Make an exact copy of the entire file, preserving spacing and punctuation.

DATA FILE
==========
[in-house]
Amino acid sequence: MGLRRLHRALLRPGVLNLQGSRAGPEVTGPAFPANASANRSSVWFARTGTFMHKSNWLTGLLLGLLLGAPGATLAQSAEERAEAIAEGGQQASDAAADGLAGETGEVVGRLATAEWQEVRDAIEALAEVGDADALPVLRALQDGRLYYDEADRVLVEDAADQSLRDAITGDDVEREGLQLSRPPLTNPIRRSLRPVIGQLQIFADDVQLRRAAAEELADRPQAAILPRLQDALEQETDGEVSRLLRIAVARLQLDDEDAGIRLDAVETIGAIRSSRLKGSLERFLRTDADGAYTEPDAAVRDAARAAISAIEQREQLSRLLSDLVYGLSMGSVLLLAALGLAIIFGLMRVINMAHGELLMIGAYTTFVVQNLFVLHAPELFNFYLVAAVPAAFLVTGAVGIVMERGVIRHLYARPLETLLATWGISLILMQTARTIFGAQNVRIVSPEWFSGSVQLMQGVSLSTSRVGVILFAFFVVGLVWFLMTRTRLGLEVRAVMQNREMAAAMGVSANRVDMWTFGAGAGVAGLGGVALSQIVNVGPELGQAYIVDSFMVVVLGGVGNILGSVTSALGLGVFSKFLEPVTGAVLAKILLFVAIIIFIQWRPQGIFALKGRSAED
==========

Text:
[in-house]
Amino acid sequence: MGLRRLHRALLRPGVLNLQGSRAGPEVTGPAFPANASANRSSVWFARTGTFMHKSNWLTGLLLGLLLGAPGATLAQSAEERAEAIAEGGQQASDAAADGLAGETGEVVGRLATAEWQEVRDAIEALAEVGDADALPVLRALQDGRLYYDEADRVLVEDAADQSLRDAITGDDVEREGLQLSRPPLTNPIRRSLRPVIGQLQIFADDVQLRRAAAEELADRPQAAILPRLQDALEQETDGEVSRLLRIAVARLQLDDEDAGIRLDAVETIGAIRSSRLKGSLERFLRTDADGAYTEPDAAVRDAARAAISAIEQREQLSRLLSDLVYGLSMGSVLLLAALGLAIIFGLMRVINMAHGELLMIGAYTTFVVQNLFVLHAPELFNFYLVAAVPAAFLVTGAVGIVMERGVIRHLYARPLETLLATWGISLILMQTARTIFGAQNVRIVSPEWFSGSVQLMQGVSLSTSRVGVILFAFFVVGLVWFLMTRTRLGLEVRAVMQNREMAAAMGVSANRVDMWTFGAGAGVAGLGGVALSQIVNVGPELGQAYIVDSFMVVVLGGVGNILGSVTSALGLGVFSKFLEPVTGAVLAKILLFVAIIIFIQWRPQGIFALKGRSAED